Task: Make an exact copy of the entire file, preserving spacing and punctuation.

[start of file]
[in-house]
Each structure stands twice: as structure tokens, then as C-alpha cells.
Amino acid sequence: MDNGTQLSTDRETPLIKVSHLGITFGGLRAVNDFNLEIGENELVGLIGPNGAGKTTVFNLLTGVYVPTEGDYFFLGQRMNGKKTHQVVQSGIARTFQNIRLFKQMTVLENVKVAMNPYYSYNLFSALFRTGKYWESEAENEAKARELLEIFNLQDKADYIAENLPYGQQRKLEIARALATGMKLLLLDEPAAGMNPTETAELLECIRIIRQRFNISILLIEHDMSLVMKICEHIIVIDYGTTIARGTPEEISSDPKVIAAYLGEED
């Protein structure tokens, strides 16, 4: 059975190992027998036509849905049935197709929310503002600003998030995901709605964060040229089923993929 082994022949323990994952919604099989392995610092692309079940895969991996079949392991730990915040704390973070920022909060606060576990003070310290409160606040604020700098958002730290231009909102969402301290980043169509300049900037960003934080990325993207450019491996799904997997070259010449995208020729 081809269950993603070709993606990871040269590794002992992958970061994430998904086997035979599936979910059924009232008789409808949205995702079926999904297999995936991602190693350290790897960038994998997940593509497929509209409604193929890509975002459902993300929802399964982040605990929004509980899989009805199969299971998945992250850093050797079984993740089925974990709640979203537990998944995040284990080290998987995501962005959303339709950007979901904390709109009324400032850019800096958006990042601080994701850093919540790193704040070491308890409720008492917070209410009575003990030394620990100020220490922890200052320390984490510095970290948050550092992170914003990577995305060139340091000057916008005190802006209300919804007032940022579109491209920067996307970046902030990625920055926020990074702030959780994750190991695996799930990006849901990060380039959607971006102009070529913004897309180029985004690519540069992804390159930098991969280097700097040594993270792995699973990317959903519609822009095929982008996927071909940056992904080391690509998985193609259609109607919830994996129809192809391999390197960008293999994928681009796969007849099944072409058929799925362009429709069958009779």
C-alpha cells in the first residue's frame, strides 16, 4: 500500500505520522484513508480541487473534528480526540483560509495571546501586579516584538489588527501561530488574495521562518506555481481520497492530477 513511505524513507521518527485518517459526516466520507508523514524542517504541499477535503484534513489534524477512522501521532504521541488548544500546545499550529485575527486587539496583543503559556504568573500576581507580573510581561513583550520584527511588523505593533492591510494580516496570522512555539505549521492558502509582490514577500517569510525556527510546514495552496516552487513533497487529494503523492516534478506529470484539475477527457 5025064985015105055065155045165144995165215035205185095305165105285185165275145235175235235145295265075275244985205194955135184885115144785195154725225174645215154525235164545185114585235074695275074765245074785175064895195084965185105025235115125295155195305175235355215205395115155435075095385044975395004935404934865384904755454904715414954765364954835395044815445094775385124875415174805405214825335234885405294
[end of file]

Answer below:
[in-house]
Each structure stands twice: as structure tokens, then as C-alpha cells.
Amino acid sequence: MDNGTQLSTDRETPLIKVSHLGITFGGLRAVNDFNLEIGENELVGLIGPNGAGKTTVFNLLTGVYVPTEGDYFFLGQRMNGKKTHQVVQSGIARTFQNIRLFKQMTVLENVKVAMNPYYSYNLFSALFRTGKYWESEAENEAKARELLEIFNLQDKADYIAENLPYGQQRKLEIARALATGMKLLLLDEPAAGMNPTETAELLECIRIIRQRFNISILLIEHDMSLVMKICEHIIVIDYGTTIARGTPEEISSDPKVIAAYLGEED
């Protein structure tokens, strides 16, 4: 059975190992027998036509849905049935197709929310503002600003998030995901709605964060040229089923993929 082994022949323990994952919604099989392995610092692309079940895969991996079949392991730990915040704390973070920022909060606060576990003070310290409160606040604020700098958002730290231009909102969402301290980043169509300049900037960003934080990325993207450019491996799904997997070259010449995208020729 081809269950993603070709993606990871040269590794002992992958970061994430998904086997035979599936979910059924009232008789409808949205995702079926999904297999995936991602190693350290790897960038994998997940593509497929509209409604193929890509975002459902993300929802399964982040605990929004509980899989009805199969299971998945992250850093050797079984993740089925974990709640979203537990998944995040284990080290998987995501962005959303339709950007979901904390709109009324400032850019800096958006990042601080994701850093919540790193704040070491308890409720008492917070209410009575003990030394620990100020220490922890200052320390984490510095970290948050550092992170914003990577995305060139340091000057916008005190802006209300919804007032940022579109491209920067996307970046902030990625920055926020990074702030959780994750190991695996799930990006849901990060380039959607971006102009070529913004897309180029985004690519540069992804390159930098991969280097700097040594993270792995699973990317959903519609822009095929982008996927071909940056992904080391690509998985193609259609109607919830994996129809192809391999390197960008293999994928681009796969007849099944072409058929799925362009429709069958009779």
C-alpha cells in the first residue's frame, strides 16, 4: 500500500505520522484513508480541487473534528480526540483560509495571546501586579516584538489588527501561530488574495521562518506555481481520497492530477 513511505524513507521518527485518517459526516466520507508523514524542517504541499477535503484534513489534524477512522501521532504521541488548544500546545499550529485575527486587539496583543503559556504568573500576581507580573510581561513583550520584527511588523505593533492591510494580516496570522512555539505549521492558502509582490514577500517569510525556527510546514495552496516552487513533497487529494503523492516534478506529470484539475477527457 5025064985015105055065155045165144995165215035205185095305165105285185165275145235175235235145295265075275244985205194955135184885115144785195154725225174645215154525235164545185114585235074695275074765245074785175064895195084965185105025235115125295155195305175235355215205395115155435075095385044975395004935404934865384904755454904715414954765364954835395044815445094775385124875415174805405214825335234885405294